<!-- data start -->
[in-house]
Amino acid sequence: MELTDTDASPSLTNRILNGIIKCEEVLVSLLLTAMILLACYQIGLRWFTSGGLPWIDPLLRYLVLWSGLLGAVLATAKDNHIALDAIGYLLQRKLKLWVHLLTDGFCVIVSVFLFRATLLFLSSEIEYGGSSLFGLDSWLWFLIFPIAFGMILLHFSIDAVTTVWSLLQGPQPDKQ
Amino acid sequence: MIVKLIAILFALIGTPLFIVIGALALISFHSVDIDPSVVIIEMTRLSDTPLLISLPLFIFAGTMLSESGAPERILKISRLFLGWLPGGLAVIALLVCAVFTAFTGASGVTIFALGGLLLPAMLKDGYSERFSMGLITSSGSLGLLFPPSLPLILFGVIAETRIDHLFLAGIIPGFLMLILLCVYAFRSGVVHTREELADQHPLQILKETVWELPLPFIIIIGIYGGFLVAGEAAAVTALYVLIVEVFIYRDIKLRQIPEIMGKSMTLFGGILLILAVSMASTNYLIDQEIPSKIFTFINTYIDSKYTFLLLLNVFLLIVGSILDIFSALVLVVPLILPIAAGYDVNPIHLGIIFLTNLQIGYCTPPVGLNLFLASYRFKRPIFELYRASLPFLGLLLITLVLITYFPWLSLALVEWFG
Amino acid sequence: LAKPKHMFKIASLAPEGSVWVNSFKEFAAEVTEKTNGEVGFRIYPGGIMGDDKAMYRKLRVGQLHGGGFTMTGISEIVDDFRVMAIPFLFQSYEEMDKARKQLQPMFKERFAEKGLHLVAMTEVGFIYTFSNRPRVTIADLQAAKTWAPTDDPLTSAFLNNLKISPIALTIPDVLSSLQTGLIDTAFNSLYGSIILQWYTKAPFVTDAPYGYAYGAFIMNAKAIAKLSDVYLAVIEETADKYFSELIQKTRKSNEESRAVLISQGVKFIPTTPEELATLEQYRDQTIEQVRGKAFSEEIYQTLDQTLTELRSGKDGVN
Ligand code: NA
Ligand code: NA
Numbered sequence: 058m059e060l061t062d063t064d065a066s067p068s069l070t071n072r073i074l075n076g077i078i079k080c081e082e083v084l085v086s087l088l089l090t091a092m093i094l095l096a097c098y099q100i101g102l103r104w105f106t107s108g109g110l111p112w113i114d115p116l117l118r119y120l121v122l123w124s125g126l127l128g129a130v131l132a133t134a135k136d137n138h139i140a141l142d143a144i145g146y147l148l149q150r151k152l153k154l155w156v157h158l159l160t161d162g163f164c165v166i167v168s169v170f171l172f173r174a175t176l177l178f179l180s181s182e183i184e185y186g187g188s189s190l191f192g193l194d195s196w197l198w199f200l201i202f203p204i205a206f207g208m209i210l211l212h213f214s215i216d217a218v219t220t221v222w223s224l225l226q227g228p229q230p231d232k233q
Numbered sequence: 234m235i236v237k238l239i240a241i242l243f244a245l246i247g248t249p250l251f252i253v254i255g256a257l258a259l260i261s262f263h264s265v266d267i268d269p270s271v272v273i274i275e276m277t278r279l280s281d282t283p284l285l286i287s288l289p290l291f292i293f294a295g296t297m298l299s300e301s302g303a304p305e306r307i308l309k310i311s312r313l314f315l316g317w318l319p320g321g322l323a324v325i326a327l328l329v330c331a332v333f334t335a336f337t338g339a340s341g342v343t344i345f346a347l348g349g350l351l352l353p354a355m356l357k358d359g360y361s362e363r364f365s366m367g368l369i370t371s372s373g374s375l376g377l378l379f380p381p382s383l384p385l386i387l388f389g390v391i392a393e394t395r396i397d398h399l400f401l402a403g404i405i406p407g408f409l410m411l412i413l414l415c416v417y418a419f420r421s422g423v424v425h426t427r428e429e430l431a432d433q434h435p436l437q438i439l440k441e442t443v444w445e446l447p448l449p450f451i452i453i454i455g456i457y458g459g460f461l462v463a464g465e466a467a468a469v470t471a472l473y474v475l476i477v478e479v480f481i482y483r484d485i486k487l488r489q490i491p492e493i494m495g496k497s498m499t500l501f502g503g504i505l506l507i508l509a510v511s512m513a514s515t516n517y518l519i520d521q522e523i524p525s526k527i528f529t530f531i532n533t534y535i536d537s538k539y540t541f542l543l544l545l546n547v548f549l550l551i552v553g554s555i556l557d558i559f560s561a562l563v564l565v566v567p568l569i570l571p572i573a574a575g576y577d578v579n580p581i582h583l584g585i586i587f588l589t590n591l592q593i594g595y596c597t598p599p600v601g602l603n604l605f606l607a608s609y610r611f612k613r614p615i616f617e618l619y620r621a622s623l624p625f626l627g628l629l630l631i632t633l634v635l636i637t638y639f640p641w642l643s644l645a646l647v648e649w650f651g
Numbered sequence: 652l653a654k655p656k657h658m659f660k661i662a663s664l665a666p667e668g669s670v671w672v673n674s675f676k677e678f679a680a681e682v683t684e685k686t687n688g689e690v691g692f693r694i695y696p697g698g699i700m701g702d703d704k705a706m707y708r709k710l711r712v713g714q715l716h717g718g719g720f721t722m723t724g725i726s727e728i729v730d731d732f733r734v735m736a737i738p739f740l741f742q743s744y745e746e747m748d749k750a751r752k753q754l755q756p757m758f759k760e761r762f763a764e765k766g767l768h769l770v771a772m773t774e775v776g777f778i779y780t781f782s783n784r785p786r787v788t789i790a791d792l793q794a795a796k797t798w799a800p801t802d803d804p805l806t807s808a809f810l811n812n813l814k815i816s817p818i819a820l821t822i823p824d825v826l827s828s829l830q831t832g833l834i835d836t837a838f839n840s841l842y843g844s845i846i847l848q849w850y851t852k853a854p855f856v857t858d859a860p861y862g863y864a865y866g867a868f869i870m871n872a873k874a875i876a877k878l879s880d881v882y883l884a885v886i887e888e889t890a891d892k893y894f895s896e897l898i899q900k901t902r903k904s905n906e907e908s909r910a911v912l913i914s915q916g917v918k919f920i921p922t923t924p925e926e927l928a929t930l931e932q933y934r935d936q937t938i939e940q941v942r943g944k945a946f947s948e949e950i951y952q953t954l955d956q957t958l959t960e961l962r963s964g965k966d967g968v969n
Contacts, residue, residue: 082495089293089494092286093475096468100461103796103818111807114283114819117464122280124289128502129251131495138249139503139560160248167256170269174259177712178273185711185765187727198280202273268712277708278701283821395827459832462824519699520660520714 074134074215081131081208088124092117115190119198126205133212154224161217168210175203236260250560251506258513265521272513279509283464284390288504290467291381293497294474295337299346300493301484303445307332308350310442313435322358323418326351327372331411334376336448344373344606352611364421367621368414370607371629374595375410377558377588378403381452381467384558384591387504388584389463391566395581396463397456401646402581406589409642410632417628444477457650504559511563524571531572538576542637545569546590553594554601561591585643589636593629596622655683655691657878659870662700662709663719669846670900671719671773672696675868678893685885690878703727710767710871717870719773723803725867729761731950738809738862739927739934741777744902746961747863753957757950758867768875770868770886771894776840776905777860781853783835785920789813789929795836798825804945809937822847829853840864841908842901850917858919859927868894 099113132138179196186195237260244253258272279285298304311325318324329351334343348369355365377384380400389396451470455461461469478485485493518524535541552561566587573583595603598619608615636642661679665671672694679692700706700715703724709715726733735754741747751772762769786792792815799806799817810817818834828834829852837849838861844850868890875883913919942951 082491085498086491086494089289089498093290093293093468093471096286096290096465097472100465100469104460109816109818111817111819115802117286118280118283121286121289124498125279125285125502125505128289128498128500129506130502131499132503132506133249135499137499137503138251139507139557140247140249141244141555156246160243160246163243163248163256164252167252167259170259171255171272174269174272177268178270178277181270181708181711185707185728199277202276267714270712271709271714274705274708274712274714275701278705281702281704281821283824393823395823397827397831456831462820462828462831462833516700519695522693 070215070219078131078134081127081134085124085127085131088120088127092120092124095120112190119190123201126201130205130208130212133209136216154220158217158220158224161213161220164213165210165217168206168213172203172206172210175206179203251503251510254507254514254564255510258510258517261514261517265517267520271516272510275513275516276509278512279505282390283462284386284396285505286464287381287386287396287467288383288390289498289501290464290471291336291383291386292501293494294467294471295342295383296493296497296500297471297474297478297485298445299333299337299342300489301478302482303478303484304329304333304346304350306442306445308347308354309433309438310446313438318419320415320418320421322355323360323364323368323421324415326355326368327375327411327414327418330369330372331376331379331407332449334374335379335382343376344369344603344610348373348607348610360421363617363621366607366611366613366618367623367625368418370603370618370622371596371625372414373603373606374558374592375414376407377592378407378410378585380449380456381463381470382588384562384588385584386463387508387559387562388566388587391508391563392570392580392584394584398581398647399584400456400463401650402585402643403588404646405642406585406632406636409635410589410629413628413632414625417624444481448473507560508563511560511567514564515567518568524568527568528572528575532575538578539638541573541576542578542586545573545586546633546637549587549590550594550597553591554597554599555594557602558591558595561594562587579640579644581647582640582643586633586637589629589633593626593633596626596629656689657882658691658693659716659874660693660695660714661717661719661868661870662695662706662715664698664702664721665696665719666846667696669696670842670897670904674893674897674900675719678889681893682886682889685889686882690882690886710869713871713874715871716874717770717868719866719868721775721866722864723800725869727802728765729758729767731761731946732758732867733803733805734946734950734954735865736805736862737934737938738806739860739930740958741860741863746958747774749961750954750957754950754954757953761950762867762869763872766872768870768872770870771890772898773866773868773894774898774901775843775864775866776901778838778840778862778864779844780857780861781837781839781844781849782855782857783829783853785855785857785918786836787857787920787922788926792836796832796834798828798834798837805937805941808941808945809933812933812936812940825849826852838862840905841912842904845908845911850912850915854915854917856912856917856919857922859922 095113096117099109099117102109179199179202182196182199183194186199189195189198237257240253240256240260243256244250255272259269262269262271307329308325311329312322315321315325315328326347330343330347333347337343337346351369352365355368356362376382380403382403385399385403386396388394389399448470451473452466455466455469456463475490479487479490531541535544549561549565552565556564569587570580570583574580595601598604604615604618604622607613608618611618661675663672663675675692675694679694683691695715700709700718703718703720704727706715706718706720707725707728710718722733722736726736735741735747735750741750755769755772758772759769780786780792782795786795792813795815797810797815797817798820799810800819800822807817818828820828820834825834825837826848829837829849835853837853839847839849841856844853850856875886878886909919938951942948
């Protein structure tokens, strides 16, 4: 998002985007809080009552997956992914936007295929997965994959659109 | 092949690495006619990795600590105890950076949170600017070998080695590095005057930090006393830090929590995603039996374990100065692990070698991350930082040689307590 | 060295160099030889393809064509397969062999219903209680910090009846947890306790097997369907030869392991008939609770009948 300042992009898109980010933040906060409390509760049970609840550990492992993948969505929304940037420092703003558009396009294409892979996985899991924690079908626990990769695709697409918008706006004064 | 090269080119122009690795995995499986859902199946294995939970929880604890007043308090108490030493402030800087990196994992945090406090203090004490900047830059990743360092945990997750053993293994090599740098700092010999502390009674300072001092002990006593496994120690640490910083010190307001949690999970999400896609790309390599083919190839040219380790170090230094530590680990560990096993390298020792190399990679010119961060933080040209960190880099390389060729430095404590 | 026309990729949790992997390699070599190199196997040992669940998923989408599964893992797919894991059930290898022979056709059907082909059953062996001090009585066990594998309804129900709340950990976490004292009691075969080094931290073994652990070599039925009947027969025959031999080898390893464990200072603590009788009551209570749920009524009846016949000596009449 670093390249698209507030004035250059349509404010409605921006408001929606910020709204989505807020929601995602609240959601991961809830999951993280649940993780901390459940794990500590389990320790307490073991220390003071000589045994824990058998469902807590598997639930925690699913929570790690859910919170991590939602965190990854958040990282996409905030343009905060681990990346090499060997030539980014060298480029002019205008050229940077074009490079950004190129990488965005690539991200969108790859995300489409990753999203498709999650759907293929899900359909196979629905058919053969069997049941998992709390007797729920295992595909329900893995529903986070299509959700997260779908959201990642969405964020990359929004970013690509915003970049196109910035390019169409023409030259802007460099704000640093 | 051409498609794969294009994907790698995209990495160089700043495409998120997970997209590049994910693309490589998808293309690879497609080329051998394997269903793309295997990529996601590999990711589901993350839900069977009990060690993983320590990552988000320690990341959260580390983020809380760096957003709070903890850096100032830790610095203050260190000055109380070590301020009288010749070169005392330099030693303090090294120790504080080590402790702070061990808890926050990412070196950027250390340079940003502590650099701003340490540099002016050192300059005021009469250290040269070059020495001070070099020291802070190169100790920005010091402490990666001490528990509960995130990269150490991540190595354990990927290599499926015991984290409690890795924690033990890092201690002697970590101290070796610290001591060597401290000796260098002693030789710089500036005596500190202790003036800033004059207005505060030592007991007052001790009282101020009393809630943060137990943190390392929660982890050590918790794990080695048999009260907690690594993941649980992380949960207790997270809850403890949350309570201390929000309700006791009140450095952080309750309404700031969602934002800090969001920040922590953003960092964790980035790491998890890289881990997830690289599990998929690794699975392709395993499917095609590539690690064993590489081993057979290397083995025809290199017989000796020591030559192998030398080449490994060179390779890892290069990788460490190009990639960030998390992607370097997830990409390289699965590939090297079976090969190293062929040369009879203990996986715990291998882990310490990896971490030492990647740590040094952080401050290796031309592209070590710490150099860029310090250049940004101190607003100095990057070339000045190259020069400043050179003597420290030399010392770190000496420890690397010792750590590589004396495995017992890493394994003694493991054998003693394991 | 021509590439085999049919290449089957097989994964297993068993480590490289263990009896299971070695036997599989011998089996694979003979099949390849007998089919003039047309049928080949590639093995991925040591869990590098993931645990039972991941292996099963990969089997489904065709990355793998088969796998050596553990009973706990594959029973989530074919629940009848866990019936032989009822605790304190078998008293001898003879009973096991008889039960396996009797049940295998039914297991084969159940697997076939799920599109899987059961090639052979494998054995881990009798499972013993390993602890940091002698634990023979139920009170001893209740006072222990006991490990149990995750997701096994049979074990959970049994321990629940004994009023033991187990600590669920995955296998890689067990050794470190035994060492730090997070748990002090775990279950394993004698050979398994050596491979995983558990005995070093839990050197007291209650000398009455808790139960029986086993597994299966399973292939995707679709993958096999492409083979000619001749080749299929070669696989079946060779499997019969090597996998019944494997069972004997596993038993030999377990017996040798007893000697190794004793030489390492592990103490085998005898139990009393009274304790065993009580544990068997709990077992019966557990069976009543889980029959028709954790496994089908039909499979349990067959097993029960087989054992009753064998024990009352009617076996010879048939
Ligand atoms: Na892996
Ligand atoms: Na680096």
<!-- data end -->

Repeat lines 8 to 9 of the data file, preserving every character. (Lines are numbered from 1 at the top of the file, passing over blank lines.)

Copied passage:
Numbered sequence: 234m235i236v237k238l239i240a241i242l243f244a245l246i247g248t249p250l251f252i253v254i255g256a257l258a259l260i261s262f263h264s265v266d267i268d269p270s271v272v273i274i275e276m277t278r279l280s281d282t283p284l285l286i287s288l289p290l291f292i293f294a295g296t297m298l299s300e301s302g303a304p305e306r307i308l309k310i311s312r313l314f315l316g317w318l319p320g321g322l323a324v325i326a327l328l329v330c331a332v333f334t335a336f337t338g339a340s341g342v343t344i345f346a347l348g349g350l351l352l353p354a355m356l357k358d359g360y361s362e363r364f365s366m367g368l369i370t371s372s373g374s375l376g377l378l379f380p381p382s383l384p385l386i387l388f389g390v391i392a393e394t395r396i397d398h399l400f401l402a403g404i405i406p407g408f409l410m411l412i413l414l415c416v417y418a419f420r421s422g423v424v425h426t427r428e429e430l431a432d433q434h435p436l437q438i439l440k441e442t443v444w445e446l447p448l449p450f451i452i453i454i455g456i457y458g459g460f461l462v463a464g465e466a467a468a469v470t471a472l473y474v475l476i477v478e479v480f481i482y483r484d485i486k487l488r489q490i491p492e493i494m495g496k497s498m499t500l501f502g503g504i505l506l507i508l509a510v511s512m513a514s515t516n517y518l519i520d521q522e523i524p525s526k527i528f529t530f531i532n533t534y535i536d537s538k539y540t541f542l543l544l545l546n547v548f549l550l551i552v553g554s555i556l557d558i559f560s561a562l563v564l565v566v567p568l569i570l571p572i573a574a575g576y577d578v579n580p581i582h583l584g585i586i587f588l589t590n591l592q593i594g595y596c597t598p599p600v601g602l603n604l605f606l607a608s609y610r611f612k613r614p615i616f617e618l619y620r621a622s623l624p625f626l627g628l629l630l631i632t633l634v635l636i637t638y639f640p641w642l643s644l645a646l647v648e649w650f651g
Numbered sequence: 652l653a654k655p656k657h658m659f660k661i662a663s664l665a666p667e668g669s670v671w672v673n674s675f676k677e678f679a680a681e682v683t684e685k686t687n688g689e690v691g692f693r694i695y696p697g698g699i700m701g702d703d704k705a706m707y708r709k710l711r712v713g714q715l716h717g718g719g720f721t722m723t724g725i726s727e728i729v730d731d732f733r734v735m736a737i738p739f740l741f742q743s744y745e746e747m748d749k750a751r752k753q754l755q756p757m758f759k760e761r762f763a764e765k766g767l768h769l770v771a772m773t774e775v776g777f778i779y780t781f782s783n784r785p786r787v788t789i790a791d792l793q794a795a796k797t798w799a800p801t802d803d804p805l806t807s808a809f810l811n812n813l814k815i816s817p818i819a820l821t822i823p824d825v826l827s828s829l830q831t832g833l834i835d836t837a838f839n840s841l842y843g844s845i846i847l848q849w850y851t852k853a854p855f856v857t858d859a860p861y862g863y864a865y866g867a868f869i870m871n872a873k874a875i876a877k878l879s880d881v882y883l884a885v886i887e888e889t890a891d892k893y894f895s896e897l898i899q900k901t902r903k904s905n906e907e908s909r910a911v912l913i914s915q916g917v918k919f920i921p922t923t924p925e926e927l928a929t930l931e932q933y934r935d936q937t938i939e940q941v942r943g944k945a946f947s948e949e950i951y952q953t954l955d956q957t958l959t960e961l962r963s964g965k966d967g968v969n